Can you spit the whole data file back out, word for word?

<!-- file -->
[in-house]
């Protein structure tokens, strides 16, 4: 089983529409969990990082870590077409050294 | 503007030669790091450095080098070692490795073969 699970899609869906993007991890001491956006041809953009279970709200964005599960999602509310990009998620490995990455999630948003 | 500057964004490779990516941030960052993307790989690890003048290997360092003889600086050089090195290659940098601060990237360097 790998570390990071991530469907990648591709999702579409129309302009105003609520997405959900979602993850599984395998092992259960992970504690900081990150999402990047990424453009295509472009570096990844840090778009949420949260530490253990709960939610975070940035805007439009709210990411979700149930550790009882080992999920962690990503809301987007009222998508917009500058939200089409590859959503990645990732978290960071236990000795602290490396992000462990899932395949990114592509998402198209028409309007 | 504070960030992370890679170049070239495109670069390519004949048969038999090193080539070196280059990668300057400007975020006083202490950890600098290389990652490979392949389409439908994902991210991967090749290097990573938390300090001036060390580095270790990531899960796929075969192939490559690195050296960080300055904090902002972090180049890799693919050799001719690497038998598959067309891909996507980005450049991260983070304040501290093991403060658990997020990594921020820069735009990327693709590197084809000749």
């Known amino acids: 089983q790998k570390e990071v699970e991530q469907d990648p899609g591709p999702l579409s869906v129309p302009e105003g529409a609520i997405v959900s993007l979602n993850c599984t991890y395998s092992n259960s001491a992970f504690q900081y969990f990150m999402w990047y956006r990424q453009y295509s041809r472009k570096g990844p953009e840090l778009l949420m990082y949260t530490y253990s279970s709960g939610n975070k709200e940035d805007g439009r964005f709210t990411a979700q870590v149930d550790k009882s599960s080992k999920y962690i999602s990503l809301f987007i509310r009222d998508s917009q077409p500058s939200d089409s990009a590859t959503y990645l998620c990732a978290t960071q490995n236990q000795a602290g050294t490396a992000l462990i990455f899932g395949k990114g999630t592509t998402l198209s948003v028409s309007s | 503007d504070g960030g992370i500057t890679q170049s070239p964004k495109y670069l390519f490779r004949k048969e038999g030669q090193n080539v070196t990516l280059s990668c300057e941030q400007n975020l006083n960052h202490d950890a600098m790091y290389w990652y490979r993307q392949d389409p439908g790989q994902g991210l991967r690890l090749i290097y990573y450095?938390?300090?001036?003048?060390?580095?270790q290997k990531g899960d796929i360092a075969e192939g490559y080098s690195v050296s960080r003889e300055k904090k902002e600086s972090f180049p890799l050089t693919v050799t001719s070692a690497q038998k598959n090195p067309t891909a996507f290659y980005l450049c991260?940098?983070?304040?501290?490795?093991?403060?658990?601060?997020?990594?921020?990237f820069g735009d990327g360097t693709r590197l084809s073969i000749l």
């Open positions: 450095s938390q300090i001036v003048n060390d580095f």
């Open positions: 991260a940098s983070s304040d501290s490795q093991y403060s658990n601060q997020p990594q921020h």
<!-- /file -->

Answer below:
[in-house]
């Protein structure tokens, strides 16, 4: 089983529409969990990082870590077409050294 | 503007030669790091450095080098070692490795073969 699970899609869906993007991890001491956006041809953009279970709200964005599960999602509310990009998620490995990455999630948003 | 500057964004490779990516941030960052993307790989690890003048290997360092003889600086050089090195290659940098601060990237360097 790998570390990071991530469907990648591709999702579409129309302009105003609520997405959900979602993850599984395998092992259960992970504690900081990150999402990047990424453009295509472009570096990844840090778009949420949260530490253990709960939610975070940035805007439009709210990411979700149930550790009882080992999920962690990503809301987007009222998508917009500058939200089409590859959503990645990732978290960071236990000795602290490396992000462990899932395949990114592509998402198209028409309007 | 504070960030992370890679170049070239495109670069390519004949048969038999090193080539070196280059990668300057400007975020006083202490950890600098290389990652490979392949389409439908994902991210991967090749290097990573938390300090001036060390580095270790990531899960796929075969192939490559690195050296960080300055904090902002972090180049890799693919050799001719690497038998598959067309891909996507980005450049991260983070304040501290093991403060658990997020990594921020820069735009990327693709590197084809000749």
């Known amino acids: 089983q790998k570390e990071v699970e991530q469907d990648p899609g591709p999702l579409s869906v129309p302009e105003g529409a609520i997405v959900s993007l979602n993850c599984t991890y395998s092992n259960s001491a992970f504690q900081y969990f990150m999402w990047y956006r990424q453009y295509s041809r472009k570096g990844p953009e840090l778009l949420m990082y949260t530490y253990s279970s709960g939610n975070k709200e940035d805007g439009r964005f709210t990411a979700q870590v149930d550790k009882s599960s080992k999920y962690i999602s990503l809301f987007i509310r009222d998508s917009q077409p500058s939200d089409s990009a590859t959503y990645l998620c990732a978290t960071q490995n236990q000795a602290g050294t490396a992000l462990i990455f899932g395949k990114g999630t592509t998402l198209s948003v028409s309007s | 503007d504070g960030g992370i500057t890679q170049s070239p964004k495109y670069l390519f490779r004949k048969e038999g030669q090193n080539v070196t990516l280059s990668c300057e941030q400007n975020l006083n960052h202490d950890a600098m790091y290389w990652y490979r993307q392949d389409p439908g790989q994902g991210l991967r690890l090749i290097y990573y450095?938390?300090?001036?003048?060390?580095?270790q290997k990531g899960d796929i360092a075969e192939g490559y080098s690195v050296s960080r003889e300055k904090k902002e600086s972090f180049p890799l050089t693919v050799t001719s070692a690497q038998k598959n090195p067309t891909a996507f290659y980005l450049c991260?940098?983070?304040?501290?490795?093991?403060?658990?601060?997020?990594?921020?990237f820069g735009d990327g360097t693709r590197l084809s073969i000749l």
């Open positions: 450095s938390q300090i001036v003048n060390d580095f």
């Open positions: 991260a940098s983070s304040d501290s490795q093991y403060s658990n601060q997020p990594q921020h």